ScreenSteps: Problem Solved

by Bakari Chavanu Dec 21, 2009

Any developer, writer, teacher, or technician who has the job of explaining some aspect of computer technology to end users knows how essential it is to use screen captures (both still and video) to help explain or troubleshoot computer programs. The job can be tedious at times, but I can say from my experience of using Bluemango’s ScreenSteps that a screen capturing application is an awesome solution.

If you don’t know about ScreenSteps, you might be thinking, "Oh, another screen capturing app, what else is new?" But au contraire. ScreenSteps is about helping you manage screen captures and produce documents more efficiently. Up until I started using this program, I would have screen captures saved to my desktop and automatically arranged by file format. But ScreenSteps takes the screen capture management to another level.

When using ScreenSteps, as you make screen captures they get saved in ScreenSteps and can be viewed in the order the shots were taken. You can use any screen capture application on your Mac, or use the capturing features of ScreenSteps itself.

If you’re writing a software manual or putting together a knowledge base for a software program, ScreenSteps works great because you can use its interface not only to manage your screen shots, but as a text editor to write step by step instructions for end users.

I now use ScreenSteps to write my WordPress blog posts. I can post blog entries directly from the application itself. This is a huge time saver, both for planning and publishing documents.

Even when I don’t use the text editor of ScreenSteps, it’s still super for parking it on a second monitor and referencing my screen shots as I write. Now I don't have to switch back and forth to the application about which I'm writing. I can instead use the screen shots to guide my writing.

ScreenSteps also includes annotation tools for making lines, rectangles, ovals, sequence number, and of course, text. Nearly all recently released screen capture applications (and there have been several) include these tools, but the management features of ScreenSteps sets it above all other programs of its kind.

With ScreenSteps you can create separate lessons and manuals to organize your shots. This means not having a folder of screen shots in which you can’t remember why particular shots where taken. In fact, an entire manual or book could be written using the program, for it can export your lessons in PDF format or to Microsoft Word and Apple’s Pages.

Bluemango also has it’s own hosted web solution called ScreenSteps Live, which allows you to upload and update lessons to your account. This is great for developers, educators, and technicians wanting a systematic way of communicating with end users. By using the ScreenSteps approach, you don’t really have to spend time planning your writing. You use the screen shots to plan and write instead.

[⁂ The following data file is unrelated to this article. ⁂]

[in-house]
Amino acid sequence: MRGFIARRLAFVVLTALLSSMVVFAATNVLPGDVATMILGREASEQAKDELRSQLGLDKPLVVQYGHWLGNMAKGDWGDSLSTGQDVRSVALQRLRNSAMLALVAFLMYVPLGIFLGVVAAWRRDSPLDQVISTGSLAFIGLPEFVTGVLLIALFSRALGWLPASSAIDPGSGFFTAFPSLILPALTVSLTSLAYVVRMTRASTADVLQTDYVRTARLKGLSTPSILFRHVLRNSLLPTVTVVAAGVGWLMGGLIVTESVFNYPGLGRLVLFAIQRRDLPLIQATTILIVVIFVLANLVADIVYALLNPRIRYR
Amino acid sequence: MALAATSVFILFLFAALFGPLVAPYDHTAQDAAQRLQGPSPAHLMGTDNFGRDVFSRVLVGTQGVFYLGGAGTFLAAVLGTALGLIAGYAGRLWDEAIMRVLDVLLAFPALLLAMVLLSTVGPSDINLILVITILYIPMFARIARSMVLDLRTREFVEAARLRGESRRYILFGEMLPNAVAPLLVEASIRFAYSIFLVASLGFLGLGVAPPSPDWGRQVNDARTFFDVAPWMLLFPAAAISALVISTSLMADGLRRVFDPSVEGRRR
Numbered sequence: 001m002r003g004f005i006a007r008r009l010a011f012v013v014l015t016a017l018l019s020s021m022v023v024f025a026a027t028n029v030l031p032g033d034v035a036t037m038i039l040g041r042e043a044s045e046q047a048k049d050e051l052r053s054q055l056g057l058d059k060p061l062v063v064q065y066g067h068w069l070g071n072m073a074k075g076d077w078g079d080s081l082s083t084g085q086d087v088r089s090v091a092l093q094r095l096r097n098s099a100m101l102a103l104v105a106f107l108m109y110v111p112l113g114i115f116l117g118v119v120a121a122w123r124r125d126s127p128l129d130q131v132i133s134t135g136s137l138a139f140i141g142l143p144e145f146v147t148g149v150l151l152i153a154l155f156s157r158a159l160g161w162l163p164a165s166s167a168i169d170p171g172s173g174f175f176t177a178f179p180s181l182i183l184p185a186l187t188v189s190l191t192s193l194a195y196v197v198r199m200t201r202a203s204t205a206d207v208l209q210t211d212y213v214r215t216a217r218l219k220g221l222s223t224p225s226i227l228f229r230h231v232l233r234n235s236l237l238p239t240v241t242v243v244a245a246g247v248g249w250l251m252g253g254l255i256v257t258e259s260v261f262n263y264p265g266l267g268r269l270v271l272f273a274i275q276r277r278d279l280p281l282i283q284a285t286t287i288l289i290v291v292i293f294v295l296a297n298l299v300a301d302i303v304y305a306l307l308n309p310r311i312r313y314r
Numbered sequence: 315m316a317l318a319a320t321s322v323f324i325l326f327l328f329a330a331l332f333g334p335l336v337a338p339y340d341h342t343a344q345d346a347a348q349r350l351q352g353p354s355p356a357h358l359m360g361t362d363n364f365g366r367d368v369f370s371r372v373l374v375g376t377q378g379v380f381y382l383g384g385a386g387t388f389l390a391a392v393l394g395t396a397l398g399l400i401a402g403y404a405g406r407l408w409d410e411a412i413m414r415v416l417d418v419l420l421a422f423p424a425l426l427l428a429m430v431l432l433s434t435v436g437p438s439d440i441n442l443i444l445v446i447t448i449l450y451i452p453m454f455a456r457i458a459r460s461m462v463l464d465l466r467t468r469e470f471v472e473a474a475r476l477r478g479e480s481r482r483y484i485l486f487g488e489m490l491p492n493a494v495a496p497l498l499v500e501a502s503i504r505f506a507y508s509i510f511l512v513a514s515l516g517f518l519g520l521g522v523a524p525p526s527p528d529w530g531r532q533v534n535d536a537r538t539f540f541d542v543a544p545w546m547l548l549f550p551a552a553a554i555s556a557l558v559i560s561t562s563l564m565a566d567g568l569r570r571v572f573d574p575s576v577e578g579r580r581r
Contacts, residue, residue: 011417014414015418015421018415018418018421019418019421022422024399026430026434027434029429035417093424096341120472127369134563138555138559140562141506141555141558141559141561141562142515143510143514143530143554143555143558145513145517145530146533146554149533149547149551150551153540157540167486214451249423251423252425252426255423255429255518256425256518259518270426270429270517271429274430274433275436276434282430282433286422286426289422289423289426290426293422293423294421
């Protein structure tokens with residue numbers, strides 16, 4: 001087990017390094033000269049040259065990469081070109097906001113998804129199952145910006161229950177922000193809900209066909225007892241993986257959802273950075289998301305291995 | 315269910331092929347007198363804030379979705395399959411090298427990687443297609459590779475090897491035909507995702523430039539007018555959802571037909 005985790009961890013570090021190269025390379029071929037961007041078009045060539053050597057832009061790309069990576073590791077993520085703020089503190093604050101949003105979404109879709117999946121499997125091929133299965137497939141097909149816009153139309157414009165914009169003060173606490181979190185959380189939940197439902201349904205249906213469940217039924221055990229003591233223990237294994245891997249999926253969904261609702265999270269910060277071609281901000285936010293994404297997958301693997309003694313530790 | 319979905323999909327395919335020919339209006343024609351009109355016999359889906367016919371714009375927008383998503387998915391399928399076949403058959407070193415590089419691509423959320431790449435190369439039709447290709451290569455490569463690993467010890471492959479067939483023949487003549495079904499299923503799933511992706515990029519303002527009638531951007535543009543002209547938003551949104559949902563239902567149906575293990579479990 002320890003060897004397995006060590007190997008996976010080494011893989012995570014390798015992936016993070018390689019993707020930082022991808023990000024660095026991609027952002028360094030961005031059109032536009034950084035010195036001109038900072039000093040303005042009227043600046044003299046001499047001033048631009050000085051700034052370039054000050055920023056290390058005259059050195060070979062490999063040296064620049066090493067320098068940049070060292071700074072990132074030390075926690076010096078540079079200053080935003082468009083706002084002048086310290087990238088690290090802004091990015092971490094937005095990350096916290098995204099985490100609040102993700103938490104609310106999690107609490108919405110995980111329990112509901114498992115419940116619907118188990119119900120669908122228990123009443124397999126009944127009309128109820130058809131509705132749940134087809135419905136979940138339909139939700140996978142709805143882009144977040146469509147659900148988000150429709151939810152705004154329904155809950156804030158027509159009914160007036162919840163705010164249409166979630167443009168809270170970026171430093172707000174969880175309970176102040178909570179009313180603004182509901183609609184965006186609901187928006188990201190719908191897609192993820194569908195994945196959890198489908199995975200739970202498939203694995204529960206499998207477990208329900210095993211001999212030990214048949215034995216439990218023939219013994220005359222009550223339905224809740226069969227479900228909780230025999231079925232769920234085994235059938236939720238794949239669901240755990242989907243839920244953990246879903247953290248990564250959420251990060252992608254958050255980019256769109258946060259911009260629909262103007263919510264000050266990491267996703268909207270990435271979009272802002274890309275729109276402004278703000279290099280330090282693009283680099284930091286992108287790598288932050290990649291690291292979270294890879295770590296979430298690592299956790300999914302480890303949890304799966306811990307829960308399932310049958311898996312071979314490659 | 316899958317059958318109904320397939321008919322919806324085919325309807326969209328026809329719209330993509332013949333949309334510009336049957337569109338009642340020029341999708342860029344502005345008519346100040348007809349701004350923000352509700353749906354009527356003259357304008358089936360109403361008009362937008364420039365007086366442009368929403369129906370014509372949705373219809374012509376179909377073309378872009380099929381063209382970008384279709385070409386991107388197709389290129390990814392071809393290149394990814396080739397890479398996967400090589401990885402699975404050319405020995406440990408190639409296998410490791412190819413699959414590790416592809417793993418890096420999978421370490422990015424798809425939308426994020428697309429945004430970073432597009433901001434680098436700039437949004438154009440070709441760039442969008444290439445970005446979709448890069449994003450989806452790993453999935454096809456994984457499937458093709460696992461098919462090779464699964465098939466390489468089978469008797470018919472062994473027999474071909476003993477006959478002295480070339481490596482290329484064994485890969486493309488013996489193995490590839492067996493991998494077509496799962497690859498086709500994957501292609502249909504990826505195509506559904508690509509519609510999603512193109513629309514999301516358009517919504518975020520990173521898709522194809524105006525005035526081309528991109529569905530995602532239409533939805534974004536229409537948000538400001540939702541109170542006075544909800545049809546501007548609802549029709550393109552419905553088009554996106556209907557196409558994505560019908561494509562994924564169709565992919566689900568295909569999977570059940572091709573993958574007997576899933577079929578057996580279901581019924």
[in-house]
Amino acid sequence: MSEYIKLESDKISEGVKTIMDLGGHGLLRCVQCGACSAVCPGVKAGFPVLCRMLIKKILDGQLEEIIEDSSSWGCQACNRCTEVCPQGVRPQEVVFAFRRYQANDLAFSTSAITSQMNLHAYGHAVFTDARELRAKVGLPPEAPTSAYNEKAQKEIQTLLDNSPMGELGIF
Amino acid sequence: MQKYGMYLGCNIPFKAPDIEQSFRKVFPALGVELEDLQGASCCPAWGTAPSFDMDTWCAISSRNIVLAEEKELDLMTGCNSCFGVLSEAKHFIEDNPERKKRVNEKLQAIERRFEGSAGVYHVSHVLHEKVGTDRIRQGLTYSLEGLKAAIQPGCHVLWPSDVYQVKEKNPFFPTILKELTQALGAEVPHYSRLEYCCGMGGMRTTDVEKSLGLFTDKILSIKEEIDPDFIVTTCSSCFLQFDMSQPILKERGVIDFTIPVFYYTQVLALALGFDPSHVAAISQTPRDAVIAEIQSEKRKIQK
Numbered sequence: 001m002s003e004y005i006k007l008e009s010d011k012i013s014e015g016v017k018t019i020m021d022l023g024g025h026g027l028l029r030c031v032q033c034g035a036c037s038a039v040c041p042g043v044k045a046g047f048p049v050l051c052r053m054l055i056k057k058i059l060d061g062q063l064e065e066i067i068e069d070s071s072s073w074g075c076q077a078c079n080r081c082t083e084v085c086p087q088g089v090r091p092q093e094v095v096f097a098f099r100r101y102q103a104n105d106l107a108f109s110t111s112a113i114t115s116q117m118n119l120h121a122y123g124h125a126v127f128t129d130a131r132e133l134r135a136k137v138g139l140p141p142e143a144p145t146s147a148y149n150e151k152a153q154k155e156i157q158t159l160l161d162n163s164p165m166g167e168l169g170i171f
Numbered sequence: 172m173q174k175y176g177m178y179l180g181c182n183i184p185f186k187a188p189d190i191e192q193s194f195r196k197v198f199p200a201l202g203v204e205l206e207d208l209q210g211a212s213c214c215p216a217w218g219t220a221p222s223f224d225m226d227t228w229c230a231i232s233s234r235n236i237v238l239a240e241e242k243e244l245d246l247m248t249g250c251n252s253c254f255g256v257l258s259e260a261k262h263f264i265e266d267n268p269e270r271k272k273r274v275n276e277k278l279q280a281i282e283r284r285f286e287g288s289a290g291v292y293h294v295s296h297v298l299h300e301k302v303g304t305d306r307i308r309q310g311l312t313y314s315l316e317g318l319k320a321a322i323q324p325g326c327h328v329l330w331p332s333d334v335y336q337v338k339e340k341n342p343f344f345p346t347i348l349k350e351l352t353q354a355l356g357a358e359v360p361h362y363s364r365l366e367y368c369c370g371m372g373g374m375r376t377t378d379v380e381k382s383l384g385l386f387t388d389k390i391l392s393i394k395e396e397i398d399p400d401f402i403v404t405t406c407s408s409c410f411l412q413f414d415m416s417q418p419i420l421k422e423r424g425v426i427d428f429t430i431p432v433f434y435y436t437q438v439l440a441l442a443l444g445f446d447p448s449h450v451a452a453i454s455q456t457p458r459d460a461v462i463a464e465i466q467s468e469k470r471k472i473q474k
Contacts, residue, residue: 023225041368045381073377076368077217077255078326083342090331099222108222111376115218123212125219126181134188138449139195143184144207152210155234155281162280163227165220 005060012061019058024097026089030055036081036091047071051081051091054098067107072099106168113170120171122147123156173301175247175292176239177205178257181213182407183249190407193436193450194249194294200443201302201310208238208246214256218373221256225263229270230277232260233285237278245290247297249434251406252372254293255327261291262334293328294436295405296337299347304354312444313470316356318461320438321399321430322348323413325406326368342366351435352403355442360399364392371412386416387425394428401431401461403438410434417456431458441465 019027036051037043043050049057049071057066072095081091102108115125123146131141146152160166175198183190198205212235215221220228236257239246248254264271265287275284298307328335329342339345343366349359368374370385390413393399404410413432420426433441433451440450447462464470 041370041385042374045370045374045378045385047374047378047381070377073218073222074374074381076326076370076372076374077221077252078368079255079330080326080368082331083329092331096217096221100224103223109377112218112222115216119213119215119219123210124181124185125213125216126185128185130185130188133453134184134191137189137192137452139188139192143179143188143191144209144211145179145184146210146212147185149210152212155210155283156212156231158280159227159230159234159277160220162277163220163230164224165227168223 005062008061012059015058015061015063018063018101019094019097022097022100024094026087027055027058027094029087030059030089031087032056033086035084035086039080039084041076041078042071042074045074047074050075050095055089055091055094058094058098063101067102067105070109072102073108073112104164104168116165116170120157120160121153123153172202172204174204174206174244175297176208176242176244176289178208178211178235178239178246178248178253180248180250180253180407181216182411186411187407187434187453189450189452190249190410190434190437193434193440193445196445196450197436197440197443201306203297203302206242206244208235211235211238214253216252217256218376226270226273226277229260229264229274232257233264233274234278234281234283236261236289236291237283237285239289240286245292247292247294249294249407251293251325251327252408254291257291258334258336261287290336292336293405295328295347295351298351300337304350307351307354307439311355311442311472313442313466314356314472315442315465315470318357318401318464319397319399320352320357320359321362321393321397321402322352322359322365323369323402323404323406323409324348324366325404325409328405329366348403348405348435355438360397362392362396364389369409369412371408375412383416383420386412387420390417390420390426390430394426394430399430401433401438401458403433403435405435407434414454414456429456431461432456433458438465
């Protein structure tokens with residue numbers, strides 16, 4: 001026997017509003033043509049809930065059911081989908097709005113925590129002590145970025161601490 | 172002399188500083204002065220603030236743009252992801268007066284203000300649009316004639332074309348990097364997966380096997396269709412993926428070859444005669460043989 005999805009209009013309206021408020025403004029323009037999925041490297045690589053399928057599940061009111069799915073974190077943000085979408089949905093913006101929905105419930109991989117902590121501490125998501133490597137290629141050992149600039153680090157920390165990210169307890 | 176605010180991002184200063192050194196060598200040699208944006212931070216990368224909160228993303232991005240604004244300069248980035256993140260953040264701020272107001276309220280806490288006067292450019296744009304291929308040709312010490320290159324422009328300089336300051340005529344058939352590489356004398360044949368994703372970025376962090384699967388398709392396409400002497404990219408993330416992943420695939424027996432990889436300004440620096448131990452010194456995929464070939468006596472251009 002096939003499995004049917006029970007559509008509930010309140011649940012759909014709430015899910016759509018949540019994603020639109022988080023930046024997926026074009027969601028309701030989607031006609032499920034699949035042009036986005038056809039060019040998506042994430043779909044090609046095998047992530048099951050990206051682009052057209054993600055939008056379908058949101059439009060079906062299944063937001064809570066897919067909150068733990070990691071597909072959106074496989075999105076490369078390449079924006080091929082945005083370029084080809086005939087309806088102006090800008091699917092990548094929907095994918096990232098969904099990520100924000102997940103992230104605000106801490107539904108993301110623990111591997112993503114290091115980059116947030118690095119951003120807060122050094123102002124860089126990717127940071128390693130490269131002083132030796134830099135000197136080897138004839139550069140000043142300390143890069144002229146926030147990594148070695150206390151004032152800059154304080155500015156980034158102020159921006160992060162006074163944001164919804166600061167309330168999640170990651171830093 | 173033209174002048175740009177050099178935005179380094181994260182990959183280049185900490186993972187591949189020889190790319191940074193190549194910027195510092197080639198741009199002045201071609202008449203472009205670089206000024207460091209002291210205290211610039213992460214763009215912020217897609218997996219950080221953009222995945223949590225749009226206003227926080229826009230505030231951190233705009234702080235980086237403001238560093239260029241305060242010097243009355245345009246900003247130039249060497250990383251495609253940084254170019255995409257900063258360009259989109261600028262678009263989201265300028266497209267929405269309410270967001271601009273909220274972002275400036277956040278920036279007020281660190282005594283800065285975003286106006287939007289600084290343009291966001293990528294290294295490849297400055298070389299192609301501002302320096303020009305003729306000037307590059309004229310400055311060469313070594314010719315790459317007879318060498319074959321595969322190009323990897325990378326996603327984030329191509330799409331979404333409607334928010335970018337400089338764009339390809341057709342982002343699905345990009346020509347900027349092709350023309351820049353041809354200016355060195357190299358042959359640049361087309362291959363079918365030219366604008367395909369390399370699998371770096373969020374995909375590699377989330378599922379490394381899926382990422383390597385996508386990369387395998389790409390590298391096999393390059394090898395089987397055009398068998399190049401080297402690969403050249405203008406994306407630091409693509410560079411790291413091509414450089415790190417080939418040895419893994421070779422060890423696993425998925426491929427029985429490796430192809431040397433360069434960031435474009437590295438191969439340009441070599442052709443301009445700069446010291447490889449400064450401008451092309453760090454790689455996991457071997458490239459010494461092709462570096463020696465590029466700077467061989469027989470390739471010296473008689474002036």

Bluemango has recently updated its 2.7 version, which addresses many of the desired features of its existing users. Lessons, for example, can now be copied in HTML format and pasted into an email message. The program also now includes better management features, such as a Tag Palette and a smart editing feature for editing existing annotations without having to reselect a corresponding tool.

I would like to see better smart folder features for ScreenSteps—lessons can quickly pile up when you’re using the program on a regular basis. You can search lessons based on how they’re tagged or labeled as “draft”, “Needs review,”  or “Approved.” But I would like to customize these labels and also have smart folders for capturing lessons based on time created.

However, I’m not complaining. The developers of ScreenSteps are serious about  providing both a wealth of documentation, tutorial videos, and live webinars to help end users make the best use of the program. So I know that this application will grow and get even better over time.

You can download ScreenSteps for a 30-day trial. The standard version is $39.95 and the Pro version is $79.95.  It’s well worth the price, and if your work requires screen shots on a regular basis, I highly suggest the Pro version.


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    sukisumiye had this to say on May 27, 2011 Posts: 3
  • It’s very good that the developers want to teach the large public how to use the program. I’m interesed in buying one so it would be great to have some materials where to begin from.
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    schwarzie had this to say on Sep 28, 2011 Posts: 2
  • Wow, Thanks for the tutorial. Help me a lot to solved it. ruby on rails developer

    android app developer had this to say on Oct 07, 2011 Posts: 4
  • Nice guide. Now everything is clear. Koszalin

    Alpina had this to say on Nov 02, 2011 Posts: 154
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